Being a standard ATX design, there were no real issues when it came time to install the board into a system. Above you'll see the board mounted to the motherboard tray with the processor, HSF, memory and video board already in place. Even when using a large heatsink like the Thermaltake POLO735, there was no problem getting everything in place. You can also see what I meant earlier about a long video card not causing problems in regards to the Northbridge HSF.
Let's be realistic, if you're looking at a Socket 939 board at this point in time, you're likely an enthusiast. So instead of going through every single BIOS screen available, we'll cover the important stuff here.
That said, the first screen of real importance is called the Cell Menu. In simple terms, this is where you make things go as fast as humanly possible. From here you can change multipliers, FSB speeds, Hyper Transport speeds and voltage levels to your primary areas. It also has the ability to change your AGP speeds and also to lock them in place so you won't have to worry about the video subsystem slowing you down when you begin your overclocking.
The setting above called Dynamic Overclocking is for those who don't want to manually make changes to the clock speeds. It has six settings beyond the disabled shown above ranging from to . Strange names, but this militaristic viewpoint will let you change clock speeds from 1% to 11% clock adjustments by changing only this setting. I don't care for this concept myself and likely most true enthusiasts will feel this way as well, but it does work as a good starting point for the inexperienced overclocker. Who knows, maybe they'll see what kind of improvements they're missing out on and come join our ranks!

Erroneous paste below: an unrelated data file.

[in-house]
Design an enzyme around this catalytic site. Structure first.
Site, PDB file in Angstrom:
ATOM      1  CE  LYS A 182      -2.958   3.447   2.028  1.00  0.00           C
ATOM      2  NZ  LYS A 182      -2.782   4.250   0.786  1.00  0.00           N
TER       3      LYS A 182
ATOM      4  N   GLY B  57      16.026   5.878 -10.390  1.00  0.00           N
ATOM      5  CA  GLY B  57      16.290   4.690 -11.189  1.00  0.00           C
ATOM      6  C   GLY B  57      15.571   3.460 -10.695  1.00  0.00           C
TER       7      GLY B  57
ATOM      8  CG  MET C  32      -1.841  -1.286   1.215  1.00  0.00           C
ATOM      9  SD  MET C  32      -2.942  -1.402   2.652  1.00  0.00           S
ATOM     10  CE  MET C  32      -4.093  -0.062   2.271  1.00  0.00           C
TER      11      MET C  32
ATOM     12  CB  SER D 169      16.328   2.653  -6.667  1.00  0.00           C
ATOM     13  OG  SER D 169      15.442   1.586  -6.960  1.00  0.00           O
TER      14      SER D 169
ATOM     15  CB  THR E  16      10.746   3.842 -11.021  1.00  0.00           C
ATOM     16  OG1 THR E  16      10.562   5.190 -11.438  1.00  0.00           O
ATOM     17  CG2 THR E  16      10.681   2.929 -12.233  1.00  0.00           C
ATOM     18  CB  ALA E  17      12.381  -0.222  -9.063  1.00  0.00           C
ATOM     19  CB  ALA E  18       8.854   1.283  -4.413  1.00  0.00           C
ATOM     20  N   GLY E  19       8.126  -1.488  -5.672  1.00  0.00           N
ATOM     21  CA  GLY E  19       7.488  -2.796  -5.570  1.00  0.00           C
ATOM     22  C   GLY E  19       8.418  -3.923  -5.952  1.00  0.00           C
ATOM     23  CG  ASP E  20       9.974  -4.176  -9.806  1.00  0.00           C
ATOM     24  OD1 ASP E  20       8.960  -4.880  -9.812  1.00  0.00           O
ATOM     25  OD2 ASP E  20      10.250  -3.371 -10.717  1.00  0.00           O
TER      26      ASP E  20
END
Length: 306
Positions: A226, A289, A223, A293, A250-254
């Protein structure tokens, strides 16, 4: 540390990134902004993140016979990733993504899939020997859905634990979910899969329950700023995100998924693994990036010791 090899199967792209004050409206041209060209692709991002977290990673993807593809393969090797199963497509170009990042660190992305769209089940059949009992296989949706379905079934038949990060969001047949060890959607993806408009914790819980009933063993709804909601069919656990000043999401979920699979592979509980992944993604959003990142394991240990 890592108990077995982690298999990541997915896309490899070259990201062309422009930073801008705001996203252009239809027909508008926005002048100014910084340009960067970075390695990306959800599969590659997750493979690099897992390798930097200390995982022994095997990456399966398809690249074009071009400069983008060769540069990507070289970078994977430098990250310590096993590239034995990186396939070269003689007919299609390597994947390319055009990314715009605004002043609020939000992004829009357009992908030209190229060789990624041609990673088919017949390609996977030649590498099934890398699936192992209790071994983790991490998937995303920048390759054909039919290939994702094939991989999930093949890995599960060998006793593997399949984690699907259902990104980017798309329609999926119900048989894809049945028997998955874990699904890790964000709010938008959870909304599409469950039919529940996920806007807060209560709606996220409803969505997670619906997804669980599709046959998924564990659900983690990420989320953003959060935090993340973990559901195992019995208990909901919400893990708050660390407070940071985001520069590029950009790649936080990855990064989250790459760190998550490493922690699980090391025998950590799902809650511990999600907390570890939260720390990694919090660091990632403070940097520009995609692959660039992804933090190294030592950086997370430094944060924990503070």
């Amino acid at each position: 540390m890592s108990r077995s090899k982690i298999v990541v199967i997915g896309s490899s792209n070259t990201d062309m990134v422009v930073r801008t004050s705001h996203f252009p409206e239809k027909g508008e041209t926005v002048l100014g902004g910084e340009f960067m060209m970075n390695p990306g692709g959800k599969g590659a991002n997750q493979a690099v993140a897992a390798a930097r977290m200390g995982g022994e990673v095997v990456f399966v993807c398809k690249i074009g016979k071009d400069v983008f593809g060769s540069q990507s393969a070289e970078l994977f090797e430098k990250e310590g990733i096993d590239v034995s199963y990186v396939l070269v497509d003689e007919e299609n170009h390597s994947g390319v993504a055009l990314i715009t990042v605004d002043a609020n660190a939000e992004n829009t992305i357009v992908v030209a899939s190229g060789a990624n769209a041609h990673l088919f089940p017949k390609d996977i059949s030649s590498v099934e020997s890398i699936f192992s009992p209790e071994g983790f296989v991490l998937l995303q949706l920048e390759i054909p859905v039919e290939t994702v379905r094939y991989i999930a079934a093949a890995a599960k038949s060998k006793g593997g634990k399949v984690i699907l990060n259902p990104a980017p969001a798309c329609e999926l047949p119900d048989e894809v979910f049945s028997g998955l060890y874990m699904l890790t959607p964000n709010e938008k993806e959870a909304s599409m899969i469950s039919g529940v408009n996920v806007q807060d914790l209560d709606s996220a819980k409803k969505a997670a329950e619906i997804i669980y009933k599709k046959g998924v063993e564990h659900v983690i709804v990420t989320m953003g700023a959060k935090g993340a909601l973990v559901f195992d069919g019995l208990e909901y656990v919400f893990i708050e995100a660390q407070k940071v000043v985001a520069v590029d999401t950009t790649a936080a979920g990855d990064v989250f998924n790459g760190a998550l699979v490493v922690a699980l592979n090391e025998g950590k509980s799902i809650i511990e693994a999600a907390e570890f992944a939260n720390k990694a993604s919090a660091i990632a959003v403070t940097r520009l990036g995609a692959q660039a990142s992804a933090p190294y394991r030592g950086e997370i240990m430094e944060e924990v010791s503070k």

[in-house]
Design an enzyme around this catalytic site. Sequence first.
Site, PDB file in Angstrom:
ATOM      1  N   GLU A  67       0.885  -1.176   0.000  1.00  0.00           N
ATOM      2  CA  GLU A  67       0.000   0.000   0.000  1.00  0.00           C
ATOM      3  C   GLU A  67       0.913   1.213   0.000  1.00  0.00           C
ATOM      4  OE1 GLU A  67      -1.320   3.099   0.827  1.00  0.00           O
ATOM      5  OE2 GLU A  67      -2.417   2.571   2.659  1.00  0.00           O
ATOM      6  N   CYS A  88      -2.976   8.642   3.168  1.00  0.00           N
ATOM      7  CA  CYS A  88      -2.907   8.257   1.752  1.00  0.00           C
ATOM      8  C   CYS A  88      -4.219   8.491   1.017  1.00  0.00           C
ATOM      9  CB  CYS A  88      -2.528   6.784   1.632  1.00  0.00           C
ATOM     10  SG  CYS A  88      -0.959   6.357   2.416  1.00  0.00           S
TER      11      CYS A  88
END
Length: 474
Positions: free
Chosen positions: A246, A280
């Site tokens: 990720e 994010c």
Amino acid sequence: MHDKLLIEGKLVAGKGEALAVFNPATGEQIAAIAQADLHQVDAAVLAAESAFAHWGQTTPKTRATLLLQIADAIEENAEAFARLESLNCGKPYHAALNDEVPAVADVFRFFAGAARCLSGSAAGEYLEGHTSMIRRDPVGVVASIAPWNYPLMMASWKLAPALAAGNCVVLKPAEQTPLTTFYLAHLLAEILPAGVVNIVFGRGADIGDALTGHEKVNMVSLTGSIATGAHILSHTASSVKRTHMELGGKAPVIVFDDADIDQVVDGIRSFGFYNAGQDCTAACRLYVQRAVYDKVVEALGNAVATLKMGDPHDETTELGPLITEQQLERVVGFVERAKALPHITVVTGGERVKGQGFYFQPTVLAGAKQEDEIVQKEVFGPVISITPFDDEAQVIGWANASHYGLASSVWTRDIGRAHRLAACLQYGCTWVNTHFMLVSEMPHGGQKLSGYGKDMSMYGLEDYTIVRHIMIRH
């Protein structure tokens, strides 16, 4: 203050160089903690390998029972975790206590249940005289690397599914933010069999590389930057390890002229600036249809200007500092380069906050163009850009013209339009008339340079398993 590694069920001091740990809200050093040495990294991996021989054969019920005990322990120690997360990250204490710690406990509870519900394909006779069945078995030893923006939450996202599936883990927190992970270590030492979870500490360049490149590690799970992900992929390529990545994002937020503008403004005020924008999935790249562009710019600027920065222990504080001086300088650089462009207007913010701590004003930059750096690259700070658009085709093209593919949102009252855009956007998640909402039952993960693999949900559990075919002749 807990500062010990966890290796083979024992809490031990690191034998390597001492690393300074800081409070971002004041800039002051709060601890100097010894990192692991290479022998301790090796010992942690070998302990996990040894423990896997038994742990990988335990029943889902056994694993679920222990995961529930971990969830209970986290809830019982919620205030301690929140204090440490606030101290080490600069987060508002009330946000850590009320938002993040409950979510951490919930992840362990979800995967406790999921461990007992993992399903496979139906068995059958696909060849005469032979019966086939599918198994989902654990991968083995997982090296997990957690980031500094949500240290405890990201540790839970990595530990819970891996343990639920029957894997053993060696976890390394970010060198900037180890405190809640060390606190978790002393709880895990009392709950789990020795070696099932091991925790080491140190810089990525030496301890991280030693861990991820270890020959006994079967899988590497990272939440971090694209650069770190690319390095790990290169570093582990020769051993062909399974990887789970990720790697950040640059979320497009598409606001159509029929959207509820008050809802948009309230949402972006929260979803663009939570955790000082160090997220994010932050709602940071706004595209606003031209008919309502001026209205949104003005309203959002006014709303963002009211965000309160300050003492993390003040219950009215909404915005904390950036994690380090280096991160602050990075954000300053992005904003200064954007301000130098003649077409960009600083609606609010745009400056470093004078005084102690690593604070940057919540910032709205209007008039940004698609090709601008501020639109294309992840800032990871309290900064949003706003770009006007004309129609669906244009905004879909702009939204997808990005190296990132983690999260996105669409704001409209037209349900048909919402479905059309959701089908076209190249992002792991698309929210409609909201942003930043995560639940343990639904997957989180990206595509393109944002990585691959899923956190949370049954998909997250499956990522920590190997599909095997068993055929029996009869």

Note: Yes, I realize the clock speed shows under the rated 2.4GHz speed of the processor used for testing. I was playing with FSB speeds before taking the photo of the configuration screen.
Moving on to the memory configuration menu shows just a few settings, but they are the important ones. From here you can change memory speeds as well as the primary timings and command rate. From here you will have no problems configuring your memory for either speed demon status or ho-hum cheap RAM status.
As a side note for the budding overclocker, make sure you check out the location of the CMOS Reset jumper. You'll eventually need it.
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- MSI vs. ABIT - Page 1 [Introduction]
- MSI vs. ABIT - Page 2 [MSI K8N Neo 2 Platinum]
- MSI vs. ABIT - Page 3 [MSI In The Box]
- MSI vs. ABIT - Page 4 [MSI Motherboard]
- MSI vs. ABIT - Page 5 [MSI Motherboard ~ Cont]
- MSI vs. ABIT - Page 6 [MSI Installation and BIOS]
- MSI vs. ABIT - Page 7 [MSI Overclocking]
- MSI vs. ABIT - Page 8 [ABIT AV8 3rd Eye]
- MSI vs. ABIT - Page 9 [ABIT In The Box]
- MSI vs. ABIT - Page 10 [ABIT Motherboard]
- MSI vs. ABIT - Page 11 [ABIT Motherboard ~ Cont]
- MSI vs. ABIT - Page 12 [ABIT Installation and BIOS]
- MSI vs. ABIT - Page 13 [ABIT Overclocking]
- MSI vs. ABIT - Page 14 [Benchmarks - Test System Setup & SiSoft Sandra]
- MSI vs. ABIT - Page 15 [Benchmarks - 3DMark2001 SE]
- MSI vs. ABIT - Page 16 [Benchmarks - 3DMark03]
- MSI vs. ABIT - Page 17 [Benchmarks - PCMark04]
- MSI vs. ABIT - Page 18 [Benchmarks - HD Tach 3]
- MSI vs. ABIT - Page 19 [Benchmarks - CINEBENCH 2003]
- MSI vs. ABIT - Page 20 [Benchmarks - AquaMark 3]
- MSI vs. ABIT - Page 21 [Benchmarks - Quake III]
- MSI vs. ABIT - Page 22 [Benchmarks - Unreal Tournament 2004]
- MSI vs. ABIT - Page 23 [Benchmarks - Doom 3]
- MSI vs. ABIT - Page 24 [Conclusion]
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